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Monday, December 28, 2015

Views and Review : 'Ol' Man River' by Paul Robeson

When I instinctively started taking an interest in philosophy,I used to often ask myself what am I first? An Indian or a student or a socialist or a human being.Mostly,the last answer seemed to soothe.Now,I know what all of us are before being anything else on earth.Fools.That is what we are.I do not know if it is necessary to be foolish but we tend to believe what people explain us.In school,they made me study 'The Diary of A Young Girl' and I had to study it,in the meanwhile learning nearly NOTHING about what was done to the original owners of the United States of America,knowing nothing about KKK,knowing nothing about the apartheid movement except a little paragraph about Nelson Mandela.Not even a month ago,when I read the Mississippi had flown with more blood than we are ever capable of imagining,that of a number that we fail to estimate today.The genocides of both the aboriginal people and then the business of slavery.I am convinced that this had been worse in the past because what we have witnessed later is so brutal,it is not difficult to determine what must have happened a century ago.There are documents to prove it but the subsequent murders,the very formation of the KKK and the predominance of whites in the American media starkly prove what has been and what is it today.The Mississippi still flows,almost unaffected.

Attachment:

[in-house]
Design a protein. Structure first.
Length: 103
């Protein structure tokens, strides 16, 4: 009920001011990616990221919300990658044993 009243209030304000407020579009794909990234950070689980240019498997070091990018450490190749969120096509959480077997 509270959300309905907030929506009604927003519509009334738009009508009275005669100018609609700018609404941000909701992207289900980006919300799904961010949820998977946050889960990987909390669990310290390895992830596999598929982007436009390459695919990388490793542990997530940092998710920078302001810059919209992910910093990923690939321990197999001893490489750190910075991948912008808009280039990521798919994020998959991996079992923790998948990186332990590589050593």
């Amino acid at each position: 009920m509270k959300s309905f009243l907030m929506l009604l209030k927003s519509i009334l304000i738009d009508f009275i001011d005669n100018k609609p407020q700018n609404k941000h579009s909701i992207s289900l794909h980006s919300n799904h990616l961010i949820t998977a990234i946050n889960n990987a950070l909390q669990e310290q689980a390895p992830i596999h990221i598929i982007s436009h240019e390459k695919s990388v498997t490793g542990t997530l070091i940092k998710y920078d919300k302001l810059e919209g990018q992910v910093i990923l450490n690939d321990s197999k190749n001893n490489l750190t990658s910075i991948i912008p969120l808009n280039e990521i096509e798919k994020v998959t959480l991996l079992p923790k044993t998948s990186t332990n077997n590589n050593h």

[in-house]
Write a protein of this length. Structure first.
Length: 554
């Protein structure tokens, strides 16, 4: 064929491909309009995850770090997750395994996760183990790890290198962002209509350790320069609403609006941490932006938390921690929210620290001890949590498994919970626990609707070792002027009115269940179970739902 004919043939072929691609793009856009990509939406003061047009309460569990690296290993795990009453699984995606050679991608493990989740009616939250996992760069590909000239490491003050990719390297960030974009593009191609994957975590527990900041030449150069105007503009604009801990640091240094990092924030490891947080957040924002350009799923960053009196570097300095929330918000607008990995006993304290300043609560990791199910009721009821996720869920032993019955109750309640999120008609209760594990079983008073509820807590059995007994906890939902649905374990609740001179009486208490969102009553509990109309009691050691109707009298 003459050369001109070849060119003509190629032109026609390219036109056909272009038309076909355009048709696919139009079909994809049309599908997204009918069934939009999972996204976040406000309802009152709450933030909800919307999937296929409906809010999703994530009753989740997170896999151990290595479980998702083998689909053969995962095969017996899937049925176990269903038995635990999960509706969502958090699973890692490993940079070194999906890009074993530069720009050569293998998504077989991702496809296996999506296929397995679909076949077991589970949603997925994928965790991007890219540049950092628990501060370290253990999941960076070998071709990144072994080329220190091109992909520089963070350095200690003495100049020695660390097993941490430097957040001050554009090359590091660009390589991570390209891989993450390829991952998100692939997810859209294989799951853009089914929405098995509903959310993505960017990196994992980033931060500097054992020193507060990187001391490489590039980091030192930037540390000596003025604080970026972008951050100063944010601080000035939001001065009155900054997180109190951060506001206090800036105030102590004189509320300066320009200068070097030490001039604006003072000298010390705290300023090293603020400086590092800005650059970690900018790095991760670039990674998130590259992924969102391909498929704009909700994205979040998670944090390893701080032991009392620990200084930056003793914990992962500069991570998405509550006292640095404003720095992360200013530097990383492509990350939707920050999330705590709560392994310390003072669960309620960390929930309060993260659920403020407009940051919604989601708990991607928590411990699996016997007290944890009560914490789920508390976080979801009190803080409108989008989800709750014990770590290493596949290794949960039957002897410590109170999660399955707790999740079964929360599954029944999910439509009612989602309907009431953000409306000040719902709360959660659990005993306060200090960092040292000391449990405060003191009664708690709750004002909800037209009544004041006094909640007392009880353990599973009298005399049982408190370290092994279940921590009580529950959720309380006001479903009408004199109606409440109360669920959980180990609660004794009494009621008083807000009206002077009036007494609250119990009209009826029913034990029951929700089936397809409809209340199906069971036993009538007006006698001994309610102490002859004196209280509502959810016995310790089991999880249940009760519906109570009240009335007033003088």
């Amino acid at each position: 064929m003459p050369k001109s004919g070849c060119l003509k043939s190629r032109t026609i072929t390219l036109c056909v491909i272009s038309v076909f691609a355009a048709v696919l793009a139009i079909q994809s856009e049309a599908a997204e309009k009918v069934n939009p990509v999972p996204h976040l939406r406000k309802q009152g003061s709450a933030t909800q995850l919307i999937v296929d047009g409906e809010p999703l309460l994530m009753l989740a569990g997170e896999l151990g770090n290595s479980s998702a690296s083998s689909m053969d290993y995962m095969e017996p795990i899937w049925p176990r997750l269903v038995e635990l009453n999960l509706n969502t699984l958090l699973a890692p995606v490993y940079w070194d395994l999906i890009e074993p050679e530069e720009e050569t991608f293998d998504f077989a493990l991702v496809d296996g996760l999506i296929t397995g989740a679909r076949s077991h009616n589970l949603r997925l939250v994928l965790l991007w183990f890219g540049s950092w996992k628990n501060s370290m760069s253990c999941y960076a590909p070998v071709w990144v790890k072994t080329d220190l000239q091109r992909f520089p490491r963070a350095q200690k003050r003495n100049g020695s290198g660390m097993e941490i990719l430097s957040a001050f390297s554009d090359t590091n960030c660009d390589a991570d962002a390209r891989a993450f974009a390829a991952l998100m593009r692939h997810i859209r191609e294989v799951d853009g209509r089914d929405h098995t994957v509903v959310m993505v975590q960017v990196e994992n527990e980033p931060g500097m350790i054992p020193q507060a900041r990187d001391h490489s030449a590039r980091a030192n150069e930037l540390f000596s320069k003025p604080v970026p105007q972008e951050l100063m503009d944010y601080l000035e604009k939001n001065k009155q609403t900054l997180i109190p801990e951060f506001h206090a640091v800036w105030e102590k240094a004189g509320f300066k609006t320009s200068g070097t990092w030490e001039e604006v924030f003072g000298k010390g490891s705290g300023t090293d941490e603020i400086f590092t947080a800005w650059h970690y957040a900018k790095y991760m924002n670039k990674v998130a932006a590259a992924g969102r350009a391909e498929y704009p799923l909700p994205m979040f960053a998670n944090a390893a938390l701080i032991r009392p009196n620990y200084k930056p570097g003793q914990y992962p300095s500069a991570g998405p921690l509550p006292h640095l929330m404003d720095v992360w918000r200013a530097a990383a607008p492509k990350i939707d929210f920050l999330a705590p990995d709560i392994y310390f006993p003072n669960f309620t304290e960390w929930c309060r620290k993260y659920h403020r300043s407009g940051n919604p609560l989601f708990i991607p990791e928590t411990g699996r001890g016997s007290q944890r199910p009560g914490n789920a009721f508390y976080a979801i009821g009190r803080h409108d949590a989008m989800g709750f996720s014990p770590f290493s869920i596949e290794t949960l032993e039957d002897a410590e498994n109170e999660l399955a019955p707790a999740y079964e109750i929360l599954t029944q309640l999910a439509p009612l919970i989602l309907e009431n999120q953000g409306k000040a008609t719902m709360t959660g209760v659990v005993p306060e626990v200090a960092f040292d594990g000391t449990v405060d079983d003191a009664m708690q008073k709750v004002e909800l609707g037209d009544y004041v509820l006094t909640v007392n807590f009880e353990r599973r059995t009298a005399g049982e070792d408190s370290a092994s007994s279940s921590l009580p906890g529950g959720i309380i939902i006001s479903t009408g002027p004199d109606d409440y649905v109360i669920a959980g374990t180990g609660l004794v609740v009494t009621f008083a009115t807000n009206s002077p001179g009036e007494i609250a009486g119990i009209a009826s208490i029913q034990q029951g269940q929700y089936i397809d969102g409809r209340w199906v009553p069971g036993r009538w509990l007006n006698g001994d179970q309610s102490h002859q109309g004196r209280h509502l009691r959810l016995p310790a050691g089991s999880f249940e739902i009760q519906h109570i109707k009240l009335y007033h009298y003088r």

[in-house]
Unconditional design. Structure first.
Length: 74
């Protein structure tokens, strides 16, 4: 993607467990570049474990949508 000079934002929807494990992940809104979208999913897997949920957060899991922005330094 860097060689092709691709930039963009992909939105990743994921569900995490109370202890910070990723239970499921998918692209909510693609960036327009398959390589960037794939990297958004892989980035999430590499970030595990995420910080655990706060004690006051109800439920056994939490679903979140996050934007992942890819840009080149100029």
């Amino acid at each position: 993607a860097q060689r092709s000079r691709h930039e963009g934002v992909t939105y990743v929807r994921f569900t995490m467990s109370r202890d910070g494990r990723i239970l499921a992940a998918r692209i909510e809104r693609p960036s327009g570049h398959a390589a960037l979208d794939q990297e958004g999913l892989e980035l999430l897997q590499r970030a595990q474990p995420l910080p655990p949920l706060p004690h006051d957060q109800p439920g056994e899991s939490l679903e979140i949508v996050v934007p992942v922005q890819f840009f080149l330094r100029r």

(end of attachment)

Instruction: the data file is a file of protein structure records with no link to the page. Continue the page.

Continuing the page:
'Ol' Man River' Lyrics
(Credit : www.azlyrics.com)


[Elongated Intro:]
Here we all work 'long the Mississippi
Here we all work while the white folk play
Pullin' them boats from the dawn till sunset
Gettin' no rest till the judgment day

Don't look up and don't look down
Ya don't dast make the white boss frown
Bend your knees and bow your head
And pull that rope until you're dead

Let me go 'way from the Mississippi
Let me go 'way from the white man boss
Show me that stream called the River Jordan
That's the old stream that I long to cross
[End Of Intro]

Ol' Man River, that Ol' Man River
He must know somepin', but he don't say nothin'

He just keeps rollin', he keeps on rollin' along

He don't plant taters, and he don't plant cotton
And them what plants 'em is soon forgotten
But Ol' Man River, jest keeps rollin' along